This subproject is concerned with the importance of hydrogen bond networks (HBNs) for the efficient catalysis of the Zoogloea ramigera thiolase active site. This is investigated by in silico modeling and simulation techniques (molecular dynamics in particular) and structural enzymological approaches. These studies will benefit very much from the presence of a range of key structures of this thiolase, complexed with various substrates, substrate analogs and intermediates. Two HBNs will be studied, being related to the properties of oxyanion hole 1 (OAH1, stabilizing an enolate intermediate) and oxyanion hole 2 (OAH2, stabilizing a tetrahedral intermediate) of thiolase. The hydrogen bond donors (HBDs) of these oxyanion holes are from main chain, side chain or water molecules. In the HBN of OAH1 water molecules play a key role, whereas in OAH2 a peptide-mediated HBN is involved. This study capitalizes on the enormous amount of structural data already available on the thiolase system. In addition, the computational studies will be complemented and validated by structural enzymological studies (collaboration with Prof. Wierenga’s group, See also Figure 3).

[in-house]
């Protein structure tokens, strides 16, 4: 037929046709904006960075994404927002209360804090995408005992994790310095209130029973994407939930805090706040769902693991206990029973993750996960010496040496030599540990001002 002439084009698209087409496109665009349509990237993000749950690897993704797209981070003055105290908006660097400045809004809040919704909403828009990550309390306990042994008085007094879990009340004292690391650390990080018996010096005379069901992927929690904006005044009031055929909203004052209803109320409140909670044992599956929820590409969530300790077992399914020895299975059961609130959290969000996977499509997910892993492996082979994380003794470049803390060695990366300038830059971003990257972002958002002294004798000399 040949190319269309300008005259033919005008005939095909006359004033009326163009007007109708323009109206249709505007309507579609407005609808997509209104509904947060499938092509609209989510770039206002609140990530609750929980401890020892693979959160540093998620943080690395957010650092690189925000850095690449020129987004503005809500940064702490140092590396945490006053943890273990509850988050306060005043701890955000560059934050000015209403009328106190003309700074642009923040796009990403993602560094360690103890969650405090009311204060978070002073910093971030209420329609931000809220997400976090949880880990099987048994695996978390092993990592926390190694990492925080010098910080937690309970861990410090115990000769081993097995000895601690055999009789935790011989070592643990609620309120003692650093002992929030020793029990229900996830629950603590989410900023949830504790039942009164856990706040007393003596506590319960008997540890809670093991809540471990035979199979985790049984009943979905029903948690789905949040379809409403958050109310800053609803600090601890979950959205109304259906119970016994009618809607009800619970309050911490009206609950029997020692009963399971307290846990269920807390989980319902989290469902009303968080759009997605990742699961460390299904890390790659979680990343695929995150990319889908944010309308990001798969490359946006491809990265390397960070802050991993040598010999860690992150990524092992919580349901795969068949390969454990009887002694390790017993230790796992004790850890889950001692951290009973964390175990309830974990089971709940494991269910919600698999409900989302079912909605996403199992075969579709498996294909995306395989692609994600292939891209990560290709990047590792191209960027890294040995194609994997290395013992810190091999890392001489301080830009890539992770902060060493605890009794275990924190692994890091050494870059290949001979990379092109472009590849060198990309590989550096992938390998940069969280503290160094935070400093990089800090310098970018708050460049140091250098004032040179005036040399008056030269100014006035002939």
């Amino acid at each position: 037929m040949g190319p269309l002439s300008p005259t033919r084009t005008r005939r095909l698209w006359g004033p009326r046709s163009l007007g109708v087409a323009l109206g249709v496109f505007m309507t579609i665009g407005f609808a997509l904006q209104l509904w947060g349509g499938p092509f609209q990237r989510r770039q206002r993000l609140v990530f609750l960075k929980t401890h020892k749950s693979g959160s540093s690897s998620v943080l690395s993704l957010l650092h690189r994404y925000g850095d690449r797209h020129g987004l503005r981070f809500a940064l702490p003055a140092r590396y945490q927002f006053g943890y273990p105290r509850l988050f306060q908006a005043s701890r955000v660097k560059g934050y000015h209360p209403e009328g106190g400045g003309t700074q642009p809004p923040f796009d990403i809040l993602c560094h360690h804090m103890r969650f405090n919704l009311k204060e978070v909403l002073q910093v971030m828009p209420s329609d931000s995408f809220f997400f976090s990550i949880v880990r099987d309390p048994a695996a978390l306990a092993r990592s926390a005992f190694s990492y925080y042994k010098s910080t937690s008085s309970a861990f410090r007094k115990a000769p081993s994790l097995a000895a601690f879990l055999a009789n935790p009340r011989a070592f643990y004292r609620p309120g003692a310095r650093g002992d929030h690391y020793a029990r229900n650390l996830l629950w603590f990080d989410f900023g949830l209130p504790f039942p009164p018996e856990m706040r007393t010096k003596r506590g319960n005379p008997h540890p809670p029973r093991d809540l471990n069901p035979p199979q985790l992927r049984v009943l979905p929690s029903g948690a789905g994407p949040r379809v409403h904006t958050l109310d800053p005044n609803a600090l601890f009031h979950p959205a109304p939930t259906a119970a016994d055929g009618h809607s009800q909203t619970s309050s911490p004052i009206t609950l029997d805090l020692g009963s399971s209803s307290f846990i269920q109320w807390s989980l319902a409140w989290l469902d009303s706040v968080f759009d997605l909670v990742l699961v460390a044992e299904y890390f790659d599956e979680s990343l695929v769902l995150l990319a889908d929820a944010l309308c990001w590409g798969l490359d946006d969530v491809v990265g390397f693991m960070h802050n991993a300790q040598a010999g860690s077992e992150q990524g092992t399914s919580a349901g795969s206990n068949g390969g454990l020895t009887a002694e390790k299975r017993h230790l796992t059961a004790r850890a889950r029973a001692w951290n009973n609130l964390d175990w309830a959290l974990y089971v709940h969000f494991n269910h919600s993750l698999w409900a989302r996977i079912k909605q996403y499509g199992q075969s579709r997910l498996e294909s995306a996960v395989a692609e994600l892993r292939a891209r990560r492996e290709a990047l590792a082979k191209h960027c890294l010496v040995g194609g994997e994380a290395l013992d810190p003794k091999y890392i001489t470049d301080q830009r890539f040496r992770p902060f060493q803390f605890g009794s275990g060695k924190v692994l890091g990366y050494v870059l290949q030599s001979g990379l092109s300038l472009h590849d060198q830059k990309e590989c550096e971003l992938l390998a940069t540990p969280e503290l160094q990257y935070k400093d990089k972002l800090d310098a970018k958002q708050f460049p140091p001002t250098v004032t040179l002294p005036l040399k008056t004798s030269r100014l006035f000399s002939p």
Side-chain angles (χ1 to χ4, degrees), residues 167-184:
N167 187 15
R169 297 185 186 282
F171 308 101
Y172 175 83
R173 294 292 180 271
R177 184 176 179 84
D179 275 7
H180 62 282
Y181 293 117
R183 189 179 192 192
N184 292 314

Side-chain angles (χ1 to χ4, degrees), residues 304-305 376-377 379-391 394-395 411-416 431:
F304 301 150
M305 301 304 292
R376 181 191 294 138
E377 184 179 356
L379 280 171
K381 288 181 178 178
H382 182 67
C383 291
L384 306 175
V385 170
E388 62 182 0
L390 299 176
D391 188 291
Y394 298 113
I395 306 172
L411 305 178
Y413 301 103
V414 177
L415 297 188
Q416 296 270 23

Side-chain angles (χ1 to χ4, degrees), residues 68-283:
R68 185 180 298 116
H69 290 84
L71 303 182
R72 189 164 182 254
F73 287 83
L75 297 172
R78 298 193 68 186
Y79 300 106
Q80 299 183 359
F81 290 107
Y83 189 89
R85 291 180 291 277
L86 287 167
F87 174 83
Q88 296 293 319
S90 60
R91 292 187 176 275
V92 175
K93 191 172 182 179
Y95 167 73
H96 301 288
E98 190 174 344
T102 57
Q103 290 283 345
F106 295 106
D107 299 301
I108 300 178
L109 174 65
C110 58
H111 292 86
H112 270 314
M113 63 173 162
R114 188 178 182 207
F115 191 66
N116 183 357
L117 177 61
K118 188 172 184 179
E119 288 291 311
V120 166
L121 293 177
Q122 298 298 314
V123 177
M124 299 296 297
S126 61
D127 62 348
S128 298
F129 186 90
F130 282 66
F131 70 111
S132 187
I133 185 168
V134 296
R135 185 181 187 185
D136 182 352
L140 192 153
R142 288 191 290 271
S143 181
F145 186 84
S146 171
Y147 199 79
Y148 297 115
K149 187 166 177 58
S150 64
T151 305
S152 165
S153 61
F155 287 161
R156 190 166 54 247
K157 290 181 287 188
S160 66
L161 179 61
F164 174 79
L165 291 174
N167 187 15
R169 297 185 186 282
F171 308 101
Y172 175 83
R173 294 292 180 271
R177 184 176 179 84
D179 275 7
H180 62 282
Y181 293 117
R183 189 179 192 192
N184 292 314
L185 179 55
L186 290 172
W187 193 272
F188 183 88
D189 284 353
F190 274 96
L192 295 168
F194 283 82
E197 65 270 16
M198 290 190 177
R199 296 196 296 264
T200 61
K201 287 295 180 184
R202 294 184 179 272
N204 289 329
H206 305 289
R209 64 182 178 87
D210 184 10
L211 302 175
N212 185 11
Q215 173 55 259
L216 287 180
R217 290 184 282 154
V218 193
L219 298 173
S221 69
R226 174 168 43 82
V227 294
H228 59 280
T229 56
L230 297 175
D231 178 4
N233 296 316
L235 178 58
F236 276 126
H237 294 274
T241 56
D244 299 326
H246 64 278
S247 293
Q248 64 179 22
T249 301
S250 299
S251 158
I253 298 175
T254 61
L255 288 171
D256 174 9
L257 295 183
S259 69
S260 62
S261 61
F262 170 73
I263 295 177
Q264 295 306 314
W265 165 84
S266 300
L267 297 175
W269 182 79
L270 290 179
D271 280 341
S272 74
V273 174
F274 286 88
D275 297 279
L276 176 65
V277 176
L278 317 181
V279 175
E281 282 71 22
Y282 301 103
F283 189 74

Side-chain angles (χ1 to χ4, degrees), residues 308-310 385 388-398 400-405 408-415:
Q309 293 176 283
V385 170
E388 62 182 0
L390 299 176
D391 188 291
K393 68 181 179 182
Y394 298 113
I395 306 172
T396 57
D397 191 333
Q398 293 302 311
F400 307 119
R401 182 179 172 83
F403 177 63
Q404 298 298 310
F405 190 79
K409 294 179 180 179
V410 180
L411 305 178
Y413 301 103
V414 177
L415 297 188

Figure 3: Evolution of the amount of buried water (black line) and the length of the water trail (red line) as a function of time. The top left inset displays the catalytic site of the thiolase, with S-acetylated cysteine and bound acetyl-CoA (green) in the oxyanion hole OAH2 formed by an histidine and a water molecule (red). The latter is part of a water trail.The top right inset displays an example of a buried water analysis. The alpha shape surface (grey) defines an outer surface of the protein. Inside the surface, buried water molecules (blue cross) and the water trail (red) are detected by an in-house developed algorithm that analyses the trajectory generated from molecular dynamics simulations. The properties of the water trails may be affected by mutations altering the catalytic efficiency of thiolase. For this particular analysis, a whole set of new software tools were developed.